The code sets out the standards of professional behaviour and values that are required of police officers and staff.  These standards are summarised below, with more detail to be found in the full Code of Ethics document. Staff are expected to deliver:

 

  • Honesty and Integrity
  • Respect and Courtesy
  • Equality and Diversity
  • Confidentiality
  • Good Conduct
  • Challenging and Reporting Improper Behaviour
  • Fitness for Work
  • Orders, Instructions, Duties and Responsibilities

 

Chief of Police, Trevor Botting, explained:

‘Our community deserves a service from the Police that engenders trust and confidence, is open and transparent and puts Public Service at the core of what we do. The new Code of Ethics and the values associated with it sets the bar high, but I am confident that the officers and staff working in the Police Directorate will meet and exceed that standard in our work.’

Policing Directorate

SHG

18 July 2014

 

Phil Sharman
Phil Sharman

Returns to St Helena after 20 years

Arriving to the Island on 7 July 2014 was new Chief Auditor, Phil Sharman (photo attached). Phil returns to the Island as Chief Auditor almost 20 years after completing his previous four year contract in a similar role.

Phil will be on Island for the next three years and as Chief Auditor his primary function will be to audit and report upon the accounts of Government and state-owned enterprises.

Phil explains:

“The Chief Auditor has a clear mandate to work with the Public Accounts Committee (PAC) and Government to promote public accountability and consider whether value for money has been secured in the use of resources.”

An independent and professional public audit function is a fundamental of effective corporate governance across the public and commercial sectors. Supported by a team of nine, one of the key activities of the Chief Auditor is to provide a safeguard over public funds through auditing the accounts of Government and the public sector and undertaking Value for Money reviews, before reporting back to the PAC.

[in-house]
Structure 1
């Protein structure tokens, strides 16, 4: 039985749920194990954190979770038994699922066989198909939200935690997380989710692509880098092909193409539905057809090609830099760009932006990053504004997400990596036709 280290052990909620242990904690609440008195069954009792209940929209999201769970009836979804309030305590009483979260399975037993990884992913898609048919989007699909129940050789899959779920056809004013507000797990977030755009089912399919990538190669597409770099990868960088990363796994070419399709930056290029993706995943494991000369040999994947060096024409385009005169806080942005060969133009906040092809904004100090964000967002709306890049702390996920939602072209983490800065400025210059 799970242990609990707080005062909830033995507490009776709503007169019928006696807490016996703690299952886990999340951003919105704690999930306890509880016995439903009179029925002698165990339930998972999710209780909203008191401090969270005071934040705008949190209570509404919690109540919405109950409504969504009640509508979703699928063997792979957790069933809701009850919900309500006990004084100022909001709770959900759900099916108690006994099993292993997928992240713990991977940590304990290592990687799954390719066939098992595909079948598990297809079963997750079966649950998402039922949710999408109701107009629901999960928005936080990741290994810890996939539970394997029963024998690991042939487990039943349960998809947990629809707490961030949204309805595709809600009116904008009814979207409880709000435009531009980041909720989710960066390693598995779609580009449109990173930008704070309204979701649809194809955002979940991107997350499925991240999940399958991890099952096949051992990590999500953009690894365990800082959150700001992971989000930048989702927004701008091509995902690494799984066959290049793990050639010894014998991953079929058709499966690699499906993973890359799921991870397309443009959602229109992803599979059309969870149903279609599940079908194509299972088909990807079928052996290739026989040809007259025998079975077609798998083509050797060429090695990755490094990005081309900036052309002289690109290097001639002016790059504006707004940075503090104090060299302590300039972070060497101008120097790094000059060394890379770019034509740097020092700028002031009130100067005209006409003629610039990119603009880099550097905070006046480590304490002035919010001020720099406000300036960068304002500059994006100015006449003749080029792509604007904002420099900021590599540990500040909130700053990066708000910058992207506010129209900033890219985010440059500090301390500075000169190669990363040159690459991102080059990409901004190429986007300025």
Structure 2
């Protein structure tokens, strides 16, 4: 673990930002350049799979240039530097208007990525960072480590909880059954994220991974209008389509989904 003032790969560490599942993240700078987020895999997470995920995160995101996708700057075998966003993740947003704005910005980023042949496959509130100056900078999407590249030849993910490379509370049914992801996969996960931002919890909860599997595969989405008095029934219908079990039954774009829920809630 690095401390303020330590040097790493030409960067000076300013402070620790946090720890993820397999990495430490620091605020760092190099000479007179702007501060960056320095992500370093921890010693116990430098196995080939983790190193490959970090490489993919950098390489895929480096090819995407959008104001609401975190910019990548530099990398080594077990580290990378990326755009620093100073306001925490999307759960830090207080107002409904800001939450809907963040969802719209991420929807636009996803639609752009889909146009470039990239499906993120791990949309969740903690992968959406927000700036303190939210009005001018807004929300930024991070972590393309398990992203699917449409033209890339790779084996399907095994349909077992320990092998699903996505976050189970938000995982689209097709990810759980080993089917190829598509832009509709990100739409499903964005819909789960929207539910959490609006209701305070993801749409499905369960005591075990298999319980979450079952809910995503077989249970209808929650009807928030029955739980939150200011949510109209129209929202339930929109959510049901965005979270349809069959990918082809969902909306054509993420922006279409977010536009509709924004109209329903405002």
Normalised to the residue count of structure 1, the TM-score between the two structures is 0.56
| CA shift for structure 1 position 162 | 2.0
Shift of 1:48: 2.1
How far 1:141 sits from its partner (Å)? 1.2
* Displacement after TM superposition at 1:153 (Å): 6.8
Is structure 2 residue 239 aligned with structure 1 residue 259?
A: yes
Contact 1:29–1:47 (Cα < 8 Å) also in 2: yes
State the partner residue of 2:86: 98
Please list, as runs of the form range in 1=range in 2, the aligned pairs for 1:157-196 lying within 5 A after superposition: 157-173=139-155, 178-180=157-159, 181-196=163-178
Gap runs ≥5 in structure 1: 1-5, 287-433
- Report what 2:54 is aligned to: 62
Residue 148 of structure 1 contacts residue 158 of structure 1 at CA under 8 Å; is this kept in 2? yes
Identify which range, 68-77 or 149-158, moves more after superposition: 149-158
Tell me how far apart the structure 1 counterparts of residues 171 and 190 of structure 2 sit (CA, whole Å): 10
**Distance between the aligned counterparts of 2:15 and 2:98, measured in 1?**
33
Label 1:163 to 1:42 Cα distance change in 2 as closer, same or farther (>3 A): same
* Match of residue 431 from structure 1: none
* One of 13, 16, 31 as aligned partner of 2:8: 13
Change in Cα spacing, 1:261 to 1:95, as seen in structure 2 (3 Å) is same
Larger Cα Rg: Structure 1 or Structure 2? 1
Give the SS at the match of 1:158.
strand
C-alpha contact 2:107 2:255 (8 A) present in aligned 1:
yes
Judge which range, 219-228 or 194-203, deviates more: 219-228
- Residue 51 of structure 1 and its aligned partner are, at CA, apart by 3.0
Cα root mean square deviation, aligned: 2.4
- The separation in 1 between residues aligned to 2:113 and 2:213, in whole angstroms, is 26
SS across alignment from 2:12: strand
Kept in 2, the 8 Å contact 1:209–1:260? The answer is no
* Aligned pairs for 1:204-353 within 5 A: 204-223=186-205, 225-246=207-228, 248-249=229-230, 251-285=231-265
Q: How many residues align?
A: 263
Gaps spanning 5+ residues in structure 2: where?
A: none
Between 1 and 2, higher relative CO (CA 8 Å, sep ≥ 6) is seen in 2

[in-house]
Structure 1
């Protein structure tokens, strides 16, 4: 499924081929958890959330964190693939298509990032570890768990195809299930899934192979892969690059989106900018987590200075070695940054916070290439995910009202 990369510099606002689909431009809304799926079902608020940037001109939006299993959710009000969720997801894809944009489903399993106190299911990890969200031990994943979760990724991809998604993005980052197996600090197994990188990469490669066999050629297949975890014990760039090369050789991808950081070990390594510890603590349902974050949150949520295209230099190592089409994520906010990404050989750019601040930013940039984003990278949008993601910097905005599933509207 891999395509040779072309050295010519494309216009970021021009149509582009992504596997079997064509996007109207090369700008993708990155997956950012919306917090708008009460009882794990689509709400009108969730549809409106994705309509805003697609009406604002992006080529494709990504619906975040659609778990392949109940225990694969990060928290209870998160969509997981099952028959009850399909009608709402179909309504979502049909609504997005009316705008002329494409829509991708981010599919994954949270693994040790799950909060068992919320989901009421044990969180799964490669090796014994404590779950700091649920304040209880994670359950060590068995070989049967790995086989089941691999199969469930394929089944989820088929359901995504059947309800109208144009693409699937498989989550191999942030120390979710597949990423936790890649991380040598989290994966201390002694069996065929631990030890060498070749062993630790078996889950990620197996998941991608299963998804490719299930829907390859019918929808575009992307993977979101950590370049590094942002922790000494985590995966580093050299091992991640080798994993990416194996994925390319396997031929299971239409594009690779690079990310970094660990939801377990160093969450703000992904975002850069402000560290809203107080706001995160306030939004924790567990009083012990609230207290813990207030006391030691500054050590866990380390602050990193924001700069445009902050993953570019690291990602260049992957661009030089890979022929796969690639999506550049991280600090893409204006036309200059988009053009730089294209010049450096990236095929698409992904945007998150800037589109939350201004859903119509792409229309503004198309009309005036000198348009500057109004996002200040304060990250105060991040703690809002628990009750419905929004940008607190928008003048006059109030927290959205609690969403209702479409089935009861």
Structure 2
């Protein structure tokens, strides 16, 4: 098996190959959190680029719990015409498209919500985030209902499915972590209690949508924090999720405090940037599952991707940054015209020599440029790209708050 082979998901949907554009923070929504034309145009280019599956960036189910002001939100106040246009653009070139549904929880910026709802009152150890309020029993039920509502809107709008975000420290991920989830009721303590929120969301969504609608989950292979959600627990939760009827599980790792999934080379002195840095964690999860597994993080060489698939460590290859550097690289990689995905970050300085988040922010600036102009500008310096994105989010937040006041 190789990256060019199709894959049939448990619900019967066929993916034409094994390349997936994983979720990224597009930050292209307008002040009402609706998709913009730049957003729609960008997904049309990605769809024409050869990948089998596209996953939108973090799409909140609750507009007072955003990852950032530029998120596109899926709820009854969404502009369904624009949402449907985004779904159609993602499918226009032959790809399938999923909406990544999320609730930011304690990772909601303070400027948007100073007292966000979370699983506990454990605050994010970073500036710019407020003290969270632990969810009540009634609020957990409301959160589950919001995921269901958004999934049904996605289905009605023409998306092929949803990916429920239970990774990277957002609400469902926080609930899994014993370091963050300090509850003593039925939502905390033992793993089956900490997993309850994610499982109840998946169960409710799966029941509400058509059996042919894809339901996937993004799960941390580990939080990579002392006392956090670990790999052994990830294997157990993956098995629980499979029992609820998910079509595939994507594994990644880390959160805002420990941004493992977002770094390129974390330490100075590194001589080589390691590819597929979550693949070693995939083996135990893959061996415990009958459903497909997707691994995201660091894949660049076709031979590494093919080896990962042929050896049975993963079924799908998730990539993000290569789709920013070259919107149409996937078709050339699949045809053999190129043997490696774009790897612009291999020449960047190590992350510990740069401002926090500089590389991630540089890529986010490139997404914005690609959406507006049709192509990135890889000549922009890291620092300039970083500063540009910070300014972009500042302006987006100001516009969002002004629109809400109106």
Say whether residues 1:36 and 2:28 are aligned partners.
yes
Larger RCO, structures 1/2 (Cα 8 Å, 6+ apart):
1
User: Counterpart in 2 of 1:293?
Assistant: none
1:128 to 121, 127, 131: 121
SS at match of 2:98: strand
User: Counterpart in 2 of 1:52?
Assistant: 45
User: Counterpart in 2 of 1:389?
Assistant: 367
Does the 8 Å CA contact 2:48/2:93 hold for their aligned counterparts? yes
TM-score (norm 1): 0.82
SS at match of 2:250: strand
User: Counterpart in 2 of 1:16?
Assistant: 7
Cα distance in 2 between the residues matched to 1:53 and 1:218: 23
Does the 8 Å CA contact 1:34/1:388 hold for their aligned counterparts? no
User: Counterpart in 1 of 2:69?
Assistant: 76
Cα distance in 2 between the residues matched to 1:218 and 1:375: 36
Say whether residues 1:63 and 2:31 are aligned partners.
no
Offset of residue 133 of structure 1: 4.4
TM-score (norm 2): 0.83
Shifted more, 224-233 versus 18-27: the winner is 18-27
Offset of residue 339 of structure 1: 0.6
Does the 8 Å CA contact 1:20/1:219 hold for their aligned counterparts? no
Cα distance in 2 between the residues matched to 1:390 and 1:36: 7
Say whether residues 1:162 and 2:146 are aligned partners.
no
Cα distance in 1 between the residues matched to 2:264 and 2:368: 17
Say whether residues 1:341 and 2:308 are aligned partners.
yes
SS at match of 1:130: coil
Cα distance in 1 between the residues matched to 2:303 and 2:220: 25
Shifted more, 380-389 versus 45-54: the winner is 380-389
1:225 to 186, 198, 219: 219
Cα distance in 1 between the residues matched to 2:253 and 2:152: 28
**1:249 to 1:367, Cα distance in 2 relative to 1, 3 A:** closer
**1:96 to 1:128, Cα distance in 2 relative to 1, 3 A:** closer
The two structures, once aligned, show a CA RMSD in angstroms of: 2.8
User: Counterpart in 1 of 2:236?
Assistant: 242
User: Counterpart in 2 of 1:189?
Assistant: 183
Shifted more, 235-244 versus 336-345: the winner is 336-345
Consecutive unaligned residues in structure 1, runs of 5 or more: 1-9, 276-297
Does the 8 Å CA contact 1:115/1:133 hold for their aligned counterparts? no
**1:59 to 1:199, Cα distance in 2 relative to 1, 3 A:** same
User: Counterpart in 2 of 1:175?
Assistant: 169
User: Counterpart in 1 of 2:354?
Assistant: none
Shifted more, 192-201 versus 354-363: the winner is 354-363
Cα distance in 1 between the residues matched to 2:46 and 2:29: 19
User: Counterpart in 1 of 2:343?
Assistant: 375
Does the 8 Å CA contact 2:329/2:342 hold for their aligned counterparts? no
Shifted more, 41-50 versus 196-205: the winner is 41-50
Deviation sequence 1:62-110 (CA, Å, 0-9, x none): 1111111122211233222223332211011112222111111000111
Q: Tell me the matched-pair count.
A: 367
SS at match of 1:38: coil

During his first week in office, Phil has been meeting with key colleagues in Government, including some of those he worked with 20 years ago. He has also discussed with his Audit team professional developments and what can be built on and adopted going forward.

Phil said:

“With both professionally qualified and staff undertaking studies, the Audit Office is building capacity and capability in response to the strengthening of audit and accounting standards internationally. There is clear commitment to developing effective audit and Parliamentary oversight across the British Overseas Territories, as underlined recently by the Joint Ministerial Council.”

Personally, Phil is very much looking forward to being on St Helena for the next three years. He commented:

“Both my wife and I loved our previous time on St Helena and have maintained an interest in the Island ever since. Our previous time coincided with the introduction of the current RMS St Helena and it was marvellous to sail with her again. It is a privilege to return to make a further contribution to the development of St Helena at another important moment in the Island’s history, as the Airport approaches in 2016.

 “Professionally, I am delighted to find that Connie Stevens and Liz March who worked with me previously remain part of the team. Connie is now a professionally qualified accountant and member of the Association of Chartered Certified Accountants, and is Audit Manager which is great.  We are investing in our team and the recent development of the St Helena Audit Service has been ably supported by John Gilchrist, who completes his contract as Audit Executive in July 2014.”

Since leaving the Island in 1994, Phil has held leading roles in public audit functions in the Turks & Caicos Islands, the National Health Service in Wales and Scotland, the UK Audit Commission and in New Zealand with the Office of the Auditor General.

Phil concluded: